Sunday, June 11, 2006

Rites of cremation for a village elder in Ban That village...

The week of mourning closed on Saturday morning with the Abbot from Wat Sriskat in Nongkhai traveling to the home of the dead man for the ceremonial chanting followed by lunch. With the villagers following behind, the casket was carried on the back of a truck to the cremation site, a simple raised structure with a single chamber for burning the body.

Upon arrival at the crematorium, with mournfull music playing, the truck circled the building three times, with the family walking slowly behind. Then, the casket was carried up the stairs and placed on a platform leading to the furnace where it would be burned. The top of the simple wooden casket was removed so the body could be symbollically washed by family and community members by their sprinkling coconut water over it. The top was then replaced so the remaining ceremonial activities could be completed over the next three hours. Activities included chanting by the Buddhist monks, community member speeches, honoring the man by placing envelops with money on his casket which would later be distributed to the monks and other charities. The final act involved each member of the community walking up the stairs of the crematorium to lay a small bundle of wood on the casket.

From the book, Buddhism and Society by Melford E. Siro...

"Man is an aggrigate of five material factors and processes which, at death, disinegrate without residue." (the five aggrigates being: the physical body including the five senses; feelings/emotions; perceptions; mental formations; and consciousness)

"For buddhism it is the continuation of life across an almost endless cycle of rebirths which is inevitable, and it is this possibility which is the ultimate tradgedy. The extinction of life, which others might lament as man's automatic and inevitable fate, is viewed by Buddhism as neither inevitable or lamentable. On the contrary, for Buddhism, it is not the extinction but the persistence of life that is automatic and - but for the practice of Buddhist discipline - inevitable."

Monday, June 05, 2006

Startled by two teenage Naga!

A strange, un-naturally cool breeze caressing my sweat beaded brow, instantly alerted me that I was not alone as I stood in deep concentration on the banks of the Mekong River. The sky was nearly cloudless and the noon time sun was oppressively hot as it seemed to melt everything it touched. Before that sweet cooling breeze had surrounded and engulfed me, I'd been totally clueless as to the drama that had begun unfolding in the tall green grass directly behind me.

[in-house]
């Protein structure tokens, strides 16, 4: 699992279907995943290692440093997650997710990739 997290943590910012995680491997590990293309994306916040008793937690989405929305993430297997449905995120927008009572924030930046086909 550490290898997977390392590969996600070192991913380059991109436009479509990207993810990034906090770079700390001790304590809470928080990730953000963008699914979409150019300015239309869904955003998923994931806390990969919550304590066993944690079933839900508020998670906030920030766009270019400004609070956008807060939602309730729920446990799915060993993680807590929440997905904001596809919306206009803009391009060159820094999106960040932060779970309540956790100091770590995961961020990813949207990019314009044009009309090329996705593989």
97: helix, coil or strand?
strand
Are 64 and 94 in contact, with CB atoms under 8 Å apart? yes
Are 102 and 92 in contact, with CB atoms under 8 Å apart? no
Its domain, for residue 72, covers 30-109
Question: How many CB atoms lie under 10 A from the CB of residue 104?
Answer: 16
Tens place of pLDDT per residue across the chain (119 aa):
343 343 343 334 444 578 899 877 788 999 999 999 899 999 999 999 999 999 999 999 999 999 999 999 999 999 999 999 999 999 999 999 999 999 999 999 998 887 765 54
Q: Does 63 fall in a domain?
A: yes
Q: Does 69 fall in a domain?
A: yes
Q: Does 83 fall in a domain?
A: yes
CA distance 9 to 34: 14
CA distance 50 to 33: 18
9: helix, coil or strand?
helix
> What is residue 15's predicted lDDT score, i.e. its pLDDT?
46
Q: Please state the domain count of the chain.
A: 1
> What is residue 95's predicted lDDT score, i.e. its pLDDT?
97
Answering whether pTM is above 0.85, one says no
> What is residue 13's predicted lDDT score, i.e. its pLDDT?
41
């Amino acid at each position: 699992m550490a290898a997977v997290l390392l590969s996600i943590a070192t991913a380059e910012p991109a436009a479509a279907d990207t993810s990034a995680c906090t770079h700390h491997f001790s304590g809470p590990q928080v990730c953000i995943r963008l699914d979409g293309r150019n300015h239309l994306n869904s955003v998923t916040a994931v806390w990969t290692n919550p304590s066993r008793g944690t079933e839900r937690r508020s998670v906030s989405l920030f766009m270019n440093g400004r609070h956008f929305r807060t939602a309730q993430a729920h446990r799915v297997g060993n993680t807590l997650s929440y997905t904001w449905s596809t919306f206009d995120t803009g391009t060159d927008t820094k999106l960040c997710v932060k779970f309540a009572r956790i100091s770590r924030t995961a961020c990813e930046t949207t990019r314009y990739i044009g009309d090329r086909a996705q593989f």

Two young, teenage Naga must have been playing around in the fields, as the Abbott of Srisaket Temple, Dr. Phrarajwuthimunee had brought me to this site just a few minutes before, where he'd come to release turtles, eel, snails and catfish into the water as part of a "merit" making ceremony.

Once the little critters,snails, eel, etc. had all been released back into the water, I'd stepped away from the Abbott for a few minutes of silent "standing" meditation along the humid banks of the Mekong. I'm not sure how long I'd been standing, baking under the noon time sun, when the cool breeze awakened me to my surroundings.

As if emerging from a thick, dense fog, my mind immediately snapped to attention. All my senses went on high alert. My hearing became so acute, I knew I could have heard a fish swimming by in the water or a butterfly landing on a flower a few feet away. My eyes, though tightly closed, could clearly see them. I knew who they were, but I didn't know why they were there, or more importantly, what they would do next!

As my mind tried, rather vainly, to comprehend what was going on as they raced by me, my mind's eye was transfixed by the rich deep color of these young naga's bodies. Their deep yellow, almost golden scales appeared to glow in the sunlight. The reflection of the sun off their scales, was mind blowing if not immediately blinding with its intensity. Highlights of green and red became a blurr as their powerful sleek bodies slithered silently through the tall waving grass.

Time appeared to stand still for an instant, as I saw the two young naga briefly come of a jarring halt on either side of me. Their cold, black eyes, staring deep into my very being, sent a shiver throughout my body.

As those four incredibly deep black penetrating eyes bore into my soul, my mind flashed back to two years ago and my unearthly encounter with the Phra Naga... or King of the Naga, also on the banks of the Mekong. For a very brief moment, that same ungodly fear that had so completely gripped me on that fateful day two years ago, flashed back through my mind, causing my body to freeze. For a second time, I found myself unable to move even one muscle, scared literally to death, and uncertain of what might happen next.

"T" came the faint call of the Abbott. A few moments passed.... "T" the Abbott called for a second time....

Slowly I opened my eyes. The brilliant sun blinded me for an instant... I squinted my eyes to try and see the two young naga. From the corners of my eyes, all I could see was the movement of the tall green grass, waving slightly in the wind. Rapidly blinking my eyes, I strained to clear the blur and focus on the Mekong instead.

All was quiet. Nothing out of the ordinary could I see, as my eyes now took in the whole panoramic view of the river front. Just in front of me, two slight ripples in the water's edge were all I could see. Fast fading ripples, as if something had just slipped silently back into the muddly waters.

"T... are coming?" called the Abbott. "I'm on my way" I answered ... as my eye briefly caught a greenish yellow reflection moving quickly, just a few inches under the water...